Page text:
I understand that everyone is a bit stir crazy right now and as the weather warms up, more and more people will be outdoors. While many dog parks are reopening with social distancing guidelines in place for the humans there, that really is the only place other than your own property that your dogs should be off leash. Every county here in the San Francisco Bay Area has leash laws; dogs must be on leash when out in public unless in a designated off leash area. Period. There aren't exceptions for "my dog likes everyone," or "my dog always come when I call," or "Gee whiz. He really needs to stretch his legs." Leashed means leashed. And as much as I hate retractable leashes, those are at least a bit better than no leash at all.
We all need to be good neighbors. Leashing your dog is not just the right thing to do, it is the neighborly thing to do. There are people afraid of dogs in your neighborhood for whom an off leash dog approaching them is terrifying. Many of my clients have dogs who are aggressive and defensive around other dogs; they have every right to walk their dogs on leash and expect that their neighbors will do the same. Social distancing guidelines of remaining 6 feet or more away from others has been the silver lining for many of my clients with aggressive dogs. They've had to worry less about being approached on walks. Until they encounter one of these off leash dogs.
Interestingly enough, one of my clients with an aggressive dog was able to redirect her dog as we've worked on this quite a bit. When that off leash dog, however, kept lunging at her dog barking, and the other owner couldn't recall the dog, lo and behold a fight broke out. My client was forced to drop her dog's leash. Finally, the other owner came over and they were then able to separate the dogs. The kicker? The other owner was furious that his dog had gotten hurt in the scuffle. Excuse me?! Your dog would not have gotten hurt had you had the dog on leash like you were supposed to. And now my client's dog's training has been severely set back because he has resumed his hyper-vigilance and protective stance. Frustrating all around.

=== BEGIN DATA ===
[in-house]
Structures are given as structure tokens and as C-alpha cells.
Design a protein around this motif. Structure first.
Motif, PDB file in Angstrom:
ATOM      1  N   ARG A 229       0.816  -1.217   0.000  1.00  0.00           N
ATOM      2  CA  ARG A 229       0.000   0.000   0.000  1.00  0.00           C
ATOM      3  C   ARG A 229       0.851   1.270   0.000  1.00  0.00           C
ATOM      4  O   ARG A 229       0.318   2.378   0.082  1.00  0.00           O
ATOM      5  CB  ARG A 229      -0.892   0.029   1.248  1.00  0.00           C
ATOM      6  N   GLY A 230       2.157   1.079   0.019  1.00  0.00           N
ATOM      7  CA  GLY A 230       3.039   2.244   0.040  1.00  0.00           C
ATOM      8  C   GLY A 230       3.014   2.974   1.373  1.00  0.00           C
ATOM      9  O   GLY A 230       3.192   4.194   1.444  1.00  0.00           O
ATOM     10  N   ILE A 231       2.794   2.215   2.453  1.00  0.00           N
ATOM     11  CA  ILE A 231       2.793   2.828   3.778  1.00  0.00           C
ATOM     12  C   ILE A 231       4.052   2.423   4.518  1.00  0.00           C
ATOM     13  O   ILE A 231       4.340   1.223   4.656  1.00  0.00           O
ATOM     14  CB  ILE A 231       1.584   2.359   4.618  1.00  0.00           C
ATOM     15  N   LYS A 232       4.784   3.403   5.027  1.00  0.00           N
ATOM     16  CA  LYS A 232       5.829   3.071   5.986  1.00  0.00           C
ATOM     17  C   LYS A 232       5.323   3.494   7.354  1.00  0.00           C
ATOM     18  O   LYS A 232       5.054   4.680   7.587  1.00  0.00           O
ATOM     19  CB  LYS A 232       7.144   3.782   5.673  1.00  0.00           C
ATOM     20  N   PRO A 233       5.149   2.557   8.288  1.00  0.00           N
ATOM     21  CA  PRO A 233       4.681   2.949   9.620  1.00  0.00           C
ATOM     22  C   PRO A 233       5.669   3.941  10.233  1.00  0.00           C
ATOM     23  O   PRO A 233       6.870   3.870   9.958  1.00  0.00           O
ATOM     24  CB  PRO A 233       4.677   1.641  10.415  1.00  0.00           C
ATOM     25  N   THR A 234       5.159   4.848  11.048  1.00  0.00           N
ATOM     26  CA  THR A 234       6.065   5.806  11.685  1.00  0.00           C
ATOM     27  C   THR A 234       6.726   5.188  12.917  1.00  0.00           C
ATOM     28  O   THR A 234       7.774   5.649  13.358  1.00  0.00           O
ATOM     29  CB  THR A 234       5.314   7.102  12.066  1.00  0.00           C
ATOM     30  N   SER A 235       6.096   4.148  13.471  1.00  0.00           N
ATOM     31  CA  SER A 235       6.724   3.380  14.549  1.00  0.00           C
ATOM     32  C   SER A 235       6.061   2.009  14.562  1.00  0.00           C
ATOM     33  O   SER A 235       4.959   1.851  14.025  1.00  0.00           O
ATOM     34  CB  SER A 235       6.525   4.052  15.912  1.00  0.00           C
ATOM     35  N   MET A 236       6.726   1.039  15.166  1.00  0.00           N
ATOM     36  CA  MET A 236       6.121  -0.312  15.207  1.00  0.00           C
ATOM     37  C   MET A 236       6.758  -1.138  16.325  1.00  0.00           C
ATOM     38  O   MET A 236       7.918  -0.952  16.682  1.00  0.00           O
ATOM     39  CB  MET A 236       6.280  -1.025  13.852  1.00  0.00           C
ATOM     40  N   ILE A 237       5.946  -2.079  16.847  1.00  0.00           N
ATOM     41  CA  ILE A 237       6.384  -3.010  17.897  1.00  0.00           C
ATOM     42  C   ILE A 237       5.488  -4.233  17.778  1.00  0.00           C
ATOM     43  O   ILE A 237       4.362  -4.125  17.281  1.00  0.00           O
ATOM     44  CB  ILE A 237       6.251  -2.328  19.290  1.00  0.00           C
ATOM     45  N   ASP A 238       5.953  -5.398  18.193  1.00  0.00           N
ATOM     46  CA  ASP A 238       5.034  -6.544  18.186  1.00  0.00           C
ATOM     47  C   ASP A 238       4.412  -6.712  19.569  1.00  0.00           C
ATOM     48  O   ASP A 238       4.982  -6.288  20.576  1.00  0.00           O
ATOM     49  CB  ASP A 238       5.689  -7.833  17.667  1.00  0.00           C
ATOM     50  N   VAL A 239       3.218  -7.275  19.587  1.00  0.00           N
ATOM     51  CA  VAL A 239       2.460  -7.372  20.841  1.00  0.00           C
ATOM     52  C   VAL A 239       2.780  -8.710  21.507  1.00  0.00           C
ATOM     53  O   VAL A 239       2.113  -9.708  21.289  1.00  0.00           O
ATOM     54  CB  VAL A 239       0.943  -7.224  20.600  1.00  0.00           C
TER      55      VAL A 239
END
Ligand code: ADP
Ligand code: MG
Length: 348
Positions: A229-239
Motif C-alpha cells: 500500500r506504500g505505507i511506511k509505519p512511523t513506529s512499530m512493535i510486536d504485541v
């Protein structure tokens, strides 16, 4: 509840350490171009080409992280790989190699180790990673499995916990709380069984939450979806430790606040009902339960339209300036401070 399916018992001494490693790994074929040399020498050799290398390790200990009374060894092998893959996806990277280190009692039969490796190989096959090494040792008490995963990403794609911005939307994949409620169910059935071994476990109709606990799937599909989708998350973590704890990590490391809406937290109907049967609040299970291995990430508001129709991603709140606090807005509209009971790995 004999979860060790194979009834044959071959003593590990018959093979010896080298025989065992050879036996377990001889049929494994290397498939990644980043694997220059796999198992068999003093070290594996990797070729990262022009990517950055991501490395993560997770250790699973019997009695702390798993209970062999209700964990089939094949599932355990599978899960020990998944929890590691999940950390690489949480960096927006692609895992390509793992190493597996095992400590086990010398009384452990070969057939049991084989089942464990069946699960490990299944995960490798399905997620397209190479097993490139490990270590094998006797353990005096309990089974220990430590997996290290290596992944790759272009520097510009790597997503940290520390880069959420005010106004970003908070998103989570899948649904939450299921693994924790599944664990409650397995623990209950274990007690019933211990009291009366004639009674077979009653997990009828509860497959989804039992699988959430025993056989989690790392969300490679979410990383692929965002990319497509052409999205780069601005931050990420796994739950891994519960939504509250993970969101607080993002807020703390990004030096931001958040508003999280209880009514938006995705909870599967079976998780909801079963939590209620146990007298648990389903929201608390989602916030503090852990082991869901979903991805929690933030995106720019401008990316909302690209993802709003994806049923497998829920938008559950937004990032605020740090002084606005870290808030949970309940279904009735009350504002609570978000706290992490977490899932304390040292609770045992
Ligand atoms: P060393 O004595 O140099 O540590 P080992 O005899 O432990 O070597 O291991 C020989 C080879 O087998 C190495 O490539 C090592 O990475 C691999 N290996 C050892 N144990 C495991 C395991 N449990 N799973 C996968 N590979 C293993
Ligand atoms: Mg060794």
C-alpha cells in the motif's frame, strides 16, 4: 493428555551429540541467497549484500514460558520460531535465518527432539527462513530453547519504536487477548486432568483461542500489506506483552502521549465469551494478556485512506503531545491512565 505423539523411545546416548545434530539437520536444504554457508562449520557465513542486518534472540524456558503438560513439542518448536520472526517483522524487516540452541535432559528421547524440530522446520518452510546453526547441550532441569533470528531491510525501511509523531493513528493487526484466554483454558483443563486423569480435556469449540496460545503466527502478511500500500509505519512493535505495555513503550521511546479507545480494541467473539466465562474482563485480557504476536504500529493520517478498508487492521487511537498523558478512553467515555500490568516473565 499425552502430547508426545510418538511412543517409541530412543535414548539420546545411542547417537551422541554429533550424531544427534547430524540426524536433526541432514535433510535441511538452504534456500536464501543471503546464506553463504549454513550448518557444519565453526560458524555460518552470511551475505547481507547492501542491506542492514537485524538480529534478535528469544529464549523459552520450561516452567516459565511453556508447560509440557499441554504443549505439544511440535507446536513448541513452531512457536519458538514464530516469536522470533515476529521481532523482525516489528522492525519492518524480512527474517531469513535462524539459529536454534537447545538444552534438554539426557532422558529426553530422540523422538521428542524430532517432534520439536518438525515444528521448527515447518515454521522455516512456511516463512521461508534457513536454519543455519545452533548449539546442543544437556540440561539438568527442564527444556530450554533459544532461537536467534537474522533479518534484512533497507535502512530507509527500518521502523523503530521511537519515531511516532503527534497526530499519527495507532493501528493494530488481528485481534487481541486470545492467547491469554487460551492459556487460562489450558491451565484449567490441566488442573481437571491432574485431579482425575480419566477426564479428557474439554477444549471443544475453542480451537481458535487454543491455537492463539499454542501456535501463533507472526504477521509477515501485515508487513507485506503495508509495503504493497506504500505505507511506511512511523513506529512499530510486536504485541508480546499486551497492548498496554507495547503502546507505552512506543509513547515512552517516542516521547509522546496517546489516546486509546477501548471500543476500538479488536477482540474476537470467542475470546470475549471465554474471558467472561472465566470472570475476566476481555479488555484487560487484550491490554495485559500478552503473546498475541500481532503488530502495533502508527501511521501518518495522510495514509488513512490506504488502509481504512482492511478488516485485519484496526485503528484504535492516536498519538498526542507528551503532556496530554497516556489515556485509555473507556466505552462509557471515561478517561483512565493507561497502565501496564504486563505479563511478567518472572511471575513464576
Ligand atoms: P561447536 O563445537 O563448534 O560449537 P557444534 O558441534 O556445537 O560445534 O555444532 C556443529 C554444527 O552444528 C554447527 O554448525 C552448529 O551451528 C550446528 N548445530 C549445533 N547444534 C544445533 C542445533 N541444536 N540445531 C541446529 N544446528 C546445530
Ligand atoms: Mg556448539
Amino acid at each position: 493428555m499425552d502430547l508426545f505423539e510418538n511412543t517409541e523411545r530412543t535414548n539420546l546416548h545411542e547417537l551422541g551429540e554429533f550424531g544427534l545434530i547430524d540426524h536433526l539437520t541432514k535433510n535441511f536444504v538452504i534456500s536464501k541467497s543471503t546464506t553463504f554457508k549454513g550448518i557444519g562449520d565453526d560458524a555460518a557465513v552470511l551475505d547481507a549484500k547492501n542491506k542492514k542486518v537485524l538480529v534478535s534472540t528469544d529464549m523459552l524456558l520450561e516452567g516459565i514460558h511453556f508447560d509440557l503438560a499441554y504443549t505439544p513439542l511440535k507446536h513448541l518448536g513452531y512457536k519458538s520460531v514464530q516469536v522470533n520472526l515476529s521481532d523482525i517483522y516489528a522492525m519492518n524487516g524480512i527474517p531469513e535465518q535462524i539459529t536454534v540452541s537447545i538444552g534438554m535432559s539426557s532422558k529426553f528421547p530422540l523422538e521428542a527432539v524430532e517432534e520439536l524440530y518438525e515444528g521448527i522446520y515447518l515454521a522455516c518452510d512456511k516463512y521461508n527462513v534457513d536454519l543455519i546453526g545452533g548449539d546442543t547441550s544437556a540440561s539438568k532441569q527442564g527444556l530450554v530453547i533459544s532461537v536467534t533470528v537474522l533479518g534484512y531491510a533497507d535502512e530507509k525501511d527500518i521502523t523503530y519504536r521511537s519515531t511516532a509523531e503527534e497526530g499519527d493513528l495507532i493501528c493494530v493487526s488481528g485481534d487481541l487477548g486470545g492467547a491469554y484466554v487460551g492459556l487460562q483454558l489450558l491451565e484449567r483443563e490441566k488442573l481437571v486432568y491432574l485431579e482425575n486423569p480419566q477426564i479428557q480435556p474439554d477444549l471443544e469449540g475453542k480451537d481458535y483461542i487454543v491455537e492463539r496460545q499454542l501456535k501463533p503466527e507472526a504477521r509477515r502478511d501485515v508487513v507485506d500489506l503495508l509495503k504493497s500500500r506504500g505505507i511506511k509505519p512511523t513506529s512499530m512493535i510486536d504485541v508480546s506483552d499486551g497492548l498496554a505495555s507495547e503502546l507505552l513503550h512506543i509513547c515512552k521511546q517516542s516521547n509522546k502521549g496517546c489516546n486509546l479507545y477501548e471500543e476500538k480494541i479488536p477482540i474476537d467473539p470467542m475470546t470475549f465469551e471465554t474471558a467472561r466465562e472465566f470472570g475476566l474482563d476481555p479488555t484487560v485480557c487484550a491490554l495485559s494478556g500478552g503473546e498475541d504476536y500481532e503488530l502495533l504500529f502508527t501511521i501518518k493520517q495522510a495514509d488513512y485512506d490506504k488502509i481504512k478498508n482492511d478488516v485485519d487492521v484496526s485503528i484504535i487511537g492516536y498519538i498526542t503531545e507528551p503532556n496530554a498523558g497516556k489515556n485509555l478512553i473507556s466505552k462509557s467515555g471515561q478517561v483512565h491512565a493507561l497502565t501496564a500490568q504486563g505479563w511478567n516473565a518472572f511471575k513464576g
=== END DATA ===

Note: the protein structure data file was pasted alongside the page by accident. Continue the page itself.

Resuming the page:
If you are having trouble with off leash dogs in your neighborhood too, there are a few things you can do. You can let Animal Control know. They will schedule drive bys where they will cite people whose dogs are off leash. You can carry an air horn with you. When that off leash dog approaches, blast the air horn right at them. It will certainly stop them in their tracks and let the other owner know they need to collect their dog promptly. You can carry treats with you and throw the treats right at the off leash approaching dog. Hopefully, he'll be so stunned by the treats raining down that he'll stop to snack allowing you and your leashed companion to safely move away. I know you shouldn't have to do any of these things when you aren't the one disregarding the rules. However, I also know that people are people and there will still be those dog owners who consider their desires and wishes as more important than those of others in their community. Selfish disregard for others isn't something new, for sure. I just know that I, for one, had hoped that one of the things this pandemic would do was make us more conscientious with one another, resulting in more kindness and awareness of the needs of others and the spirit of community.
As always, if you have questions about your pet's behavior, you know where to find me.
Westley out on a leashed walk and wearing his cooling jacket to beat the heat!